• One of the ideas included a meeting with key congressional negotiators. However, the Biden Administration scrapped the idea over concern that it might “disrupt sensitive negotiations;” lawmakers also declared they did not want to partake in the meeting.
  • Instead, Biden will host Floyd’s family at the White House. However, the Biden Administration reassured the public that the president would mainly focus on personal connection. “It is important to him to hear from them about their perspective on this moment in our history and the progress that must be made to stop the agonizing trend of people of color being killed at the hands of law enforcement and to rebuild trust between law enforcement and the communities they serve,” an official said.
  • The House of Representatives already passed the bill. Still, the Senate halted decisions over issues like qualified immunity, blocking victims or their family members from suing law enforcement officers over civil rights violations. While both parties acknowledged they would continue working past the deadline, they vowed to find common ground.
  • In addition, the White House downplayed Biden’s disappointment. Cedric Richmond, a senior adviser, told MSNBC that despite Biden calling for its completion by May 25, “it’s better to have a meaningful bill than worry about a deadline.” White House Press Secretary Jen Psaki  also informed reporters last week that negotiators will keep discussing the bill and reach a mutual agreement on it because “the president wants to sign it into law.”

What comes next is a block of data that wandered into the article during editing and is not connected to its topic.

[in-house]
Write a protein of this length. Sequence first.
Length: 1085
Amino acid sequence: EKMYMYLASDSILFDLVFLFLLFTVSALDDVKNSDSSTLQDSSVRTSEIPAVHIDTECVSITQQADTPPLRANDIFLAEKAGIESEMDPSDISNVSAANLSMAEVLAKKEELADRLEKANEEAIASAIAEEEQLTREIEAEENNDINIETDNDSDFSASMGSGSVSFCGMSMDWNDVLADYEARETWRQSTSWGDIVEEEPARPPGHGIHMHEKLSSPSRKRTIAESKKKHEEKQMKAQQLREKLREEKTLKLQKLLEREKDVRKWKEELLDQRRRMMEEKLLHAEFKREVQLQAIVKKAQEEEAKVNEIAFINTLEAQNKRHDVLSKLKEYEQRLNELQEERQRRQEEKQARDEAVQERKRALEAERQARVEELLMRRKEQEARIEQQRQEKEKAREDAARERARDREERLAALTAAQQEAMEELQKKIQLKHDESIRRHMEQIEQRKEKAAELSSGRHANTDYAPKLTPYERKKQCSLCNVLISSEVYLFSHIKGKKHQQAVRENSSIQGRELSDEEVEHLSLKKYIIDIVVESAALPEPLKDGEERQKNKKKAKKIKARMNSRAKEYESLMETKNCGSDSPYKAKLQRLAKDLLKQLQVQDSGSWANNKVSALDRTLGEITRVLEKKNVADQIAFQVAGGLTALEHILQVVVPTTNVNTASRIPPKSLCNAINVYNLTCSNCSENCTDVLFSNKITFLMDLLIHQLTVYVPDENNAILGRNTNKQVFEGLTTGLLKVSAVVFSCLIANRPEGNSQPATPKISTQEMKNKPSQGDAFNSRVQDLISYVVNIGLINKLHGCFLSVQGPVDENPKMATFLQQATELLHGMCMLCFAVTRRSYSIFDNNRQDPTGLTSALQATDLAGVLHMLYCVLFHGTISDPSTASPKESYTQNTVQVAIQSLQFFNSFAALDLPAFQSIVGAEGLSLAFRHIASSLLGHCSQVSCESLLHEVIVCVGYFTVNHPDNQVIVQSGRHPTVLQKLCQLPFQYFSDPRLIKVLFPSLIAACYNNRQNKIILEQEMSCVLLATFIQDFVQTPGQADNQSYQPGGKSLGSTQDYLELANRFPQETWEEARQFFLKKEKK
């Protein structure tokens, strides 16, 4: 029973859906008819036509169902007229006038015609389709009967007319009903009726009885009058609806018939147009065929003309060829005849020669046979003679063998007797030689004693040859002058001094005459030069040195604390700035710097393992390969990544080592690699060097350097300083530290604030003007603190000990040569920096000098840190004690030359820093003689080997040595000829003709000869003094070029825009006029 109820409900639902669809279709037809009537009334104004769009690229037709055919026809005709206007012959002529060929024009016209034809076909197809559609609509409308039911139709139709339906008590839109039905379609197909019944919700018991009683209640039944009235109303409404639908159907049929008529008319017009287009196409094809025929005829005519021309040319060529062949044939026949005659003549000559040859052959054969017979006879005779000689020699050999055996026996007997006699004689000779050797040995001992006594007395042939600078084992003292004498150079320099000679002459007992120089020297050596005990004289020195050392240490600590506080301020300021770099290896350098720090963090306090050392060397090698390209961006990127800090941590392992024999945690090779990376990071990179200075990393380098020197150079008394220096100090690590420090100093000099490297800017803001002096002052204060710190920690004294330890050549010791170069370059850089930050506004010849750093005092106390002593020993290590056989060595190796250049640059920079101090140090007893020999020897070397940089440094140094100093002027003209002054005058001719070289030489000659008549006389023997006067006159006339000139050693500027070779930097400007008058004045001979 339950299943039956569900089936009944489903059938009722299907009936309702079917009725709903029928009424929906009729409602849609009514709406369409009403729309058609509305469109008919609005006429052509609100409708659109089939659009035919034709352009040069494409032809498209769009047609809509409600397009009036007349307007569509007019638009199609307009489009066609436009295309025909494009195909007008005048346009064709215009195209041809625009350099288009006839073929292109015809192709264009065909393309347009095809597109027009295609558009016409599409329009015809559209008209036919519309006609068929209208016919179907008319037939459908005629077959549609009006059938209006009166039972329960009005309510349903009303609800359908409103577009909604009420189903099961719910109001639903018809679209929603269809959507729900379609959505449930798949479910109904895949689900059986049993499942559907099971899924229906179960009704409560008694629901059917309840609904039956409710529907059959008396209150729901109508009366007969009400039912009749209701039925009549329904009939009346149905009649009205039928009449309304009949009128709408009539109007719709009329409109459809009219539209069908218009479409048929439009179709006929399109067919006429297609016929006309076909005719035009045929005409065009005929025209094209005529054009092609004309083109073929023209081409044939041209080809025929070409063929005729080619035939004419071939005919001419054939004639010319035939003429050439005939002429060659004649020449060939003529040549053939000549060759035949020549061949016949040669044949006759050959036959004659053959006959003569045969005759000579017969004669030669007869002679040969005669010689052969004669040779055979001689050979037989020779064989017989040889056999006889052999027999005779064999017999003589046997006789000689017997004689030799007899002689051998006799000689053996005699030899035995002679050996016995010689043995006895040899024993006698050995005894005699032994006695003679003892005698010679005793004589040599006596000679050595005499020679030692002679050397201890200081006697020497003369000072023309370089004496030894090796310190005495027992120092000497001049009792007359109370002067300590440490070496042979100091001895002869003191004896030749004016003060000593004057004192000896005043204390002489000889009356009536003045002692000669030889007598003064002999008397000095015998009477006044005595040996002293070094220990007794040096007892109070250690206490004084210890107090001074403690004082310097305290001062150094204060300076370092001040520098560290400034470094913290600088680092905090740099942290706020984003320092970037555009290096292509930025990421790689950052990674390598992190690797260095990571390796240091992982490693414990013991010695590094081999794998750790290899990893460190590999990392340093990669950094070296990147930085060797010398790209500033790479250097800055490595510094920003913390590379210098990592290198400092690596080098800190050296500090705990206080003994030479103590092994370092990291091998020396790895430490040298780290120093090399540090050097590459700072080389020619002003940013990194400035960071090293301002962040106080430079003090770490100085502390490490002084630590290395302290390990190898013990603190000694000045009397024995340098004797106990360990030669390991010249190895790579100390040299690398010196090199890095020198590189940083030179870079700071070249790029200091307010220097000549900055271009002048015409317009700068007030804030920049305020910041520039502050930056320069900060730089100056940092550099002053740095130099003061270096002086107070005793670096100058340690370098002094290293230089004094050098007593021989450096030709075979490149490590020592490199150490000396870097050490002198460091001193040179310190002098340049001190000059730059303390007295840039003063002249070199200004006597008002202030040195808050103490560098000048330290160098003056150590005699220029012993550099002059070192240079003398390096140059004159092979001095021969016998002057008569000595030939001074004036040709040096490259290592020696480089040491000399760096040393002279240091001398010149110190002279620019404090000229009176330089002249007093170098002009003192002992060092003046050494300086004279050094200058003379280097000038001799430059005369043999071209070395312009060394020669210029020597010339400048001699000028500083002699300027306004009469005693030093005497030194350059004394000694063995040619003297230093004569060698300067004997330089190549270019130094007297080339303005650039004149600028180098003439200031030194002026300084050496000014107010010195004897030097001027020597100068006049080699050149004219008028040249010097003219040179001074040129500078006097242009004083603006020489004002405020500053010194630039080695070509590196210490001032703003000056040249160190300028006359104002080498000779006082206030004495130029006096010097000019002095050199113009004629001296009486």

“We are not going to slow our efforts to get this done, but we can also be transparent about the fact that it’s going to take a little bit more time. Sometimes that happens, that’s OK,” Psaki declared.

  • Floyd’s family and their non-profit, the George Floyd Memorial Foundation, already began a series of tributes to celebrate his legacy. On Sunday, they took to the streets of Minneapolis with hundreds of people and held up signs with pictures of Floyd and other victims of police brutality. Another event, a virtual  “day of action,” encouraged advocates to organize remotely on Monday. The foundation also hosted two panels with Floyd’s family members and other activists. Tuesday will follow with a community festival and a candlelight vigil.
  • Alongside this, Floyd’s brother Terrence attended a Brooklyn gathering hosted by the Rev. Al Sharpton on Sunday. Terrence told attendees not to forget George, or other victims of racist violence, such as Breonna Taylor, Sean Bell, Ahmaud Arbery, and more.